Those views were also shared by German chancellor Olaf Scholz, who told the UN assembly in New York that Putin's war in Ukraine was an act of "imperialism plain and simple."

France's president Emmanuel Macron, also at the UN, had also accused Russia of imperialism.

"Who is a hegemon now if not Russia?", he said.

Meanwhile, Putin's defence minister, Sergei Shoigu, said that Russia was waging a war against the West in Ukraine given its supply of weapons to Ukrainian forces.

The EU is set to send further military support to Ukraine under its so-called European Peace Facility, which has already mobilised some €2.5bn.

Opinion

Losing on the Ukrainian battlefield will not unseat Putin

Notwithstanding the remarkable Ukrainian advances, a Russian defeat would not necessarily translate into regime change in Moscow. It is likely Putin will try to spin his military setbacks as evidence of the existential threat facing Russia.

Opinion

Europe is giving more aid to Ukraine than you think

'Europeans need to pull their weight in Ukraine. They should pony up more funds.' Such has been the chorus since the start of the war. The problem is the argument isn't borne out by the facts, at least not anymore.

Latest News

  1. Greece faces possible court over 'prison-like' EU-funded migration centres
  2. How the centre-right can take on hard-right and win big in 2024
  3. Top EU officials show Ukraine solidarity on risky trip
  4. MEPs launch anonymous drop-box for shady lobbying secrets
  5. Hawkish ECB rate-rise 'puts energy transition at risk'
  6. MEPs push for greater powers for workers' councils
  7. How Pavel won big as new Czech president — and why it matters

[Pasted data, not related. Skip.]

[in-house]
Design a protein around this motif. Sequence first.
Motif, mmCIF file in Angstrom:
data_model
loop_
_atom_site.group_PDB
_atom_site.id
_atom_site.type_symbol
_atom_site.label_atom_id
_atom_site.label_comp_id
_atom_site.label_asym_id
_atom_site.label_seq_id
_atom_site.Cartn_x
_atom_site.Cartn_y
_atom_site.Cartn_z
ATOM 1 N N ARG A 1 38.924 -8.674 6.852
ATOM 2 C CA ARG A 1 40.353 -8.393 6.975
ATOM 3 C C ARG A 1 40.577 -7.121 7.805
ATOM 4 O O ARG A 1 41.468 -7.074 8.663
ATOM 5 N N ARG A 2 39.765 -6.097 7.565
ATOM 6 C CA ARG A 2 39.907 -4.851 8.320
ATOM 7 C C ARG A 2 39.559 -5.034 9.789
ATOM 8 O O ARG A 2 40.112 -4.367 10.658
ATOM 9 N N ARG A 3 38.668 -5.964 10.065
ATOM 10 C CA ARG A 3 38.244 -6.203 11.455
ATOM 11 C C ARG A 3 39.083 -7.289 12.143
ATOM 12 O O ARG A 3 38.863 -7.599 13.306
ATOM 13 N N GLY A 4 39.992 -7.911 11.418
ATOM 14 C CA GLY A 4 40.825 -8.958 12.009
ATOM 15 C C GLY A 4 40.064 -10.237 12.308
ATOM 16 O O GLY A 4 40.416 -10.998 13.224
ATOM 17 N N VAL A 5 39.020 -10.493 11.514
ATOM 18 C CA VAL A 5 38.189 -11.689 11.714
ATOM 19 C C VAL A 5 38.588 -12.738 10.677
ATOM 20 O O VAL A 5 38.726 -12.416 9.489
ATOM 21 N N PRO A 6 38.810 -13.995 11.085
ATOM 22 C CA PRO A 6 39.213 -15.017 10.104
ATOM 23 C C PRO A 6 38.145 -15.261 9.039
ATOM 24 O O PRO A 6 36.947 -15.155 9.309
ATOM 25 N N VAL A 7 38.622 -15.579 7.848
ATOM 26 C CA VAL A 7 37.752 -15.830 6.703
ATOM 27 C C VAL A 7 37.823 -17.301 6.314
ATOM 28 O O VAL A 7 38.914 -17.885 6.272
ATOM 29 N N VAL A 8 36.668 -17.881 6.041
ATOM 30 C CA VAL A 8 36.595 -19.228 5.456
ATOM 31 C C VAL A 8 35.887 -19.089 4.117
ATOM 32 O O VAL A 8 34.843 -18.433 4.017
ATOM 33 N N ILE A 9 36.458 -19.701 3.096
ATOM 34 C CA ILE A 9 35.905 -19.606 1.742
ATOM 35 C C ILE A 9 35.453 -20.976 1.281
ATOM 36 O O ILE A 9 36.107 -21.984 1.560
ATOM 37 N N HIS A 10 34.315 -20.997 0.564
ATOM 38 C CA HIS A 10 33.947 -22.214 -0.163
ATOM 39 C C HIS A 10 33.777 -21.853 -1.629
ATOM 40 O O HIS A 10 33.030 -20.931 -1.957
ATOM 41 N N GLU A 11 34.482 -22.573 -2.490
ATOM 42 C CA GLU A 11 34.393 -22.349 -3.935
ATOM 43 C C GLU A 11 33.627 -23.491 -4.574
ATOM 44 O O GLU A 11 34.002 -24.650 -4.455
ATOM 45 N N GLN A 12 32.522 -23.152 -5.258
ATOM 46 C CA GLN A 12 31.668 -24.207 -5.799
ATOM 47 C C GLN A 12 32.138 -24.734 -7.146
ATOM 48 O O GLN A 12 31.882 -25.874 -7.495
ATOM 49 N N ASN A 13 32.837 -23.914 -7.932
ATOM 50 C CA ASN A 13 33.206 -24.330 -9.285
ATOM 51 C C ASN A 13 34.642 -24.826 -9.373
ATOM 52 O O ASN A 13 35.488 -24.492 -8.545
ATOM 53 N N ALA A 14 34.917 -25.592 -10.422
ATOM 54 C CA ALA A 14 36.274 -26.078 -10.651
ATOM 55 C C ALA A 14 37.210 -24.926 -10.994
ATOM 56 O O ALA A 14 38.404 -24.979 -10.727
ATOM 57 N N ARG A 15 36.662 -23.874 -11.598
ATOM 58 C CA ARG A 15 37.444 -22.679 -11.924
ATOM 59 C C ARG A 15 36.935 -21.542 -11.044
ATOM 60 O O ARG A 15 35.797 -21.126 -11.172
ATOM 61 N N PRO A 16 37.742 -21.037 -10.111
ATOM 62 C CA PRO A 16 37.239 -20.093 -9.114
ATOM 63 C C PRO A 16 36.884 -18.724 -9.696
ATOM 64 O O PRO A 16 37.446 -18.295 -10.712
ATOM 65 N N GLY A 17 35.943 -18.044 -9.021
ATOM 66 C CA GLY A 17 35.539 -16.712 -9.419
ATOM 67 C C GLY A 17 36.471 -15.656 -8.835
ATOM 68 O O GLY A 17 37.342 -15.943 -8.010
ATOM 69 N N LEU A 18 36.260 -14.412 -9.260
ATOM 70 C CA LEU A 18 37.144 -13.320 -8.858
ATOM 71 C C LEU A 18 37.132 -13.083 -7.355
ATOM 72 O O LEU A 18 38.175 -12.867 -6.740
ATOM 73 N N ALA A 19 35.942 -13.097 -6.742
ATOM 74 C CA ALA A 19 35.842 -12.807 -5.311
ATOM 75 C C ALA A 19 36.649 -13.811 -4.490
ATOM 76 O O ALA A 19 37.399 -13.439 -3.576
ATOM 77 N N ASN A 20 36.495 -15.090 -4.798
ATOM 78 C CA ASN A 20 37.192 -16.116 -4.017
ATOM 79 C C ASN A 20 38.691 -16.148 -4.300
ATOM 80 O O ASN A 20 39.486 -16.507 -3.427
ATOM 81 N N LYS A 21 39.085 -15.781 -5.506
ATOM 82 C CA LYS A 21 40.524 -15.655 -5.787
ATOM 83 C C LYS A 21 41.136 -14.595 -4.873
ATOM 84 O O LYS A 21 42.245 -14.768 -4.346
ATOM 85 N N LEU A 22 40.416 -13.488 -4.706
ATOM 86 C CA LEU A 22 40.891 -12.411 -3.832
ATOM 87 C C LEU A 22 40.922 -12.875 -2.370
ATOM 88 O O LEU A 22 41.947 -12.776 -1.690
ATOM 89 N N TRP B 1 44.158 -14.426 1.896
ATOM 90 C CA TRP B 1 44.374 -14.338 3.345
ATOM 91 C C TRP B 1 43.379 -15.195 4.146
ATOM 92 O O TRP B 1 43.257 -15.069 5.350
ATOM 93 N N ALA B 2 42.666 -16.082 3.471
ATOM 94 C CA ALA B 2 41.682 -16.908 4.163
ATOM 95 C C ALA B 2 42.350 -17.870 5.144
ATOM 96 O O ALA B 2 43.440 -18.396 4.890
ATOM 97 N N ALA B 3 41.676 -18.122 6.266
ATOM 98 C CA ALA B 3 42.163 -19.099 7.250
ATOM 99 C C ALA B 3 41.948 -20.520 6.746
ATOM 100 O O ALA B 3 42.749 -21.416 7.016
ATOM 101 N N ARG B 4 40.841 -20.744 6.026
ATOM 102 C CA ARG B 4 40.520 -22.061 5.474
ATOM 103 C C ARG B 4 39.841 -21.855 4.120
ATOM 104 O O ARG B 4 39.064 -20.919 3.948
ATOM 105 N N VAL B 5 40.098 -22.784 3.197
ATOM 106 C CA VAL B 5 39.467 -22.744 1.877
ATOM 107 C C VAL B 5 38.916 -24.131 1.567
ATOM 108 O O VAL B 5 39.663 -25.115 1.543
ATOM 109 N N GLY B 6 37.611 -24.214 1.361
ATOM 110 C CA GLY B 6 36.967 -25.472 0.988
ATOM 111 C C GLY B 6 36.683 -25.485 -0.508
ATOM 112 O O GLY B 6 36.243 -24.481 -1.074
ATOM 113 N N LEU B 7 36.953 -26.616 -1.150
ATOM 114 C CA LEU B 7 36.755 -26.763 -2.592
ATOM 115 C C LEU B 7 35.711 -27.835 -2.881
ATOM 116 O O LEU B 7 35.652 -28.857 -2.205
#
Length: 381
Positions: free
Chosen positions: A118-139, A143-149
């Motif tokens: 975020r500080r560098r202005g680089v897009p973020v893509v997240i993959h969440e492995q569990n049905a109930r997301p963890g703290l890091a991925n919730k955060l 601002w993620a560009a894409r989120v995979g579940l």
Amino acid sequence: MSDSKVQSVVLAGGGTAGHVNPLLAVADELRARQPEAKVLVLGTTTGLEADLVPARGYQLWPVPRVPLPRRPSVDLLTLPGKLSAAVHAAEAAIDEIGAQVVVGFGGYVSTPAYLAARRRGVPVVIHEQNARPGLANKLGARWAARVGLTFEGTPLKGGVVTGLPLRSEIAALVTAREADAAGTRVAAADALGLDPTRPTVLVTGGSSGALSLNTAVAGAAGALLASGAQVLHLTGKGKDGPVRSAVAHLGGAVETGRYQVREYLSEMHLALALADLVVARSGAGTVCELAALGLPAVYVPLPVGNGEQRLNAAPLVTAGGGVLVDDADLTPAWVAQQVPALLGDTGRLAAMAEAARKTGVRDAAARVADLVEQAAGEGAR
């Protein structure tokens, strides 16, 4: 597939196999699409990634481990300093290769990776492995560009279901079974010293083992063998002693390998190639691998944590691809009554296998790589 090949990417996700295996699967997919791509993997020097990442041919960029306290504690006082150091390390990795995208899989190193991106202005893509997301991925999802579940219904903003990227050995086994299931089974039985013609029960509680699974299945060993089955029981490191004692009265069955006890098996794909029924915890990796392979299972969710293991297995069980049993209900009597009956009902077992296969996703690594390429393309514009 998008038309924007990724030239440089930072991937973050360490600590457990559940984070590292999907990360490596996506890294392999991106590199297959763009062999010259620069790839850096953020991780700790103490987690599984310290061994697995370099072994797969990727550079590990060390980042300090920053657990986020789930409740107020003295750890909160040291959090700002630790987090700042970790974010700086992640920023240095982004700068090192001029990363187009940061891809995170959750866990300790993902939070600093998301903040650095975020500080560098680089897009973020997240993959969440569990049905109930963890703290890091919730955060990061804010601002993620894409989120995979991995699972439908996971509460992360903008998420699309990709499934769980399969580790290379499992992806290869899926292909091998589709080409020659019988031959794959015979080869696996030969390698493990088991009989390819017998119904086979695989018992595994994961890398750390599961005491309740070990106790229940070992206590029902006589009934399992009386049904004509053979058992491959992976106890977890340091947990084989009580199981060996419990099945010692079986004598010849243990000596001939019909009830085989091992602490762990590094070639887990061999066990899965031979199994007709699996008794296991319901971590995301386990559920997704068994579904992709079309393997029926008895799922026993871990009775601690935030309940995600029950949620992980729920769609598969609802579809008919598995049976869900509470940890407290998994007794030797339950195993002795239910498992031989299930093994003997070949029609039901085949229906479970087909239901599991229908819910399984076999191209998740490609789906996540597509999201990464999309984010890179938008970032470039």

8. French official to take on Islamophobia in EU

Stakeholders' Highlights

  1. Party of the European LeftJOB ALERT - Seeking a Communications Manager (FT) for our Brussels office!
  2. European Parliamentary Forum for Sexual & Reproductive Rights (EPF)Launch of the EPF Contraception Policy Atlas Europe 2023. 8th February. Register now.
  3. Europan Patent OfficeHydrogen patents for a clean energy future: A global trend analysis of innovation along hydrogen value chains
  4. Forum EuropeConnecting the World from the Skies calls for global cooperation in NTN rollout
  5. EFBWWCouncil issues disappointing position ignoring the threats posed by asbestos
  6. Nordic Council of MinistersLarge Nordic youth delegation at COP15 biodiversity summit in Montreal

Stakeholders' Highlights

  1. Nordic Council of MinistersCOP27: Food systems transformation for climate action
  2. Nordic Council of MinistersThe Nordic Region and the African Union urge the COP27 to talk about gender equality
  3. Friedrich Naumann Foundation European DialogueGender x Geopolitics: Shaping an Inclusive Foreign Security Policy for Europe
  4. Obama FoundationThe Obama Foundation Opens Applications for its Leaders Program in Europe
  5. EFBWW – EFBH – FETBBA lot more needs to be done to better protect construction workers from asbestos
  6. European Committee of the RegionsRe-Watch EURegions Week 2022

Join EUobserver

Support quality EU news

Join us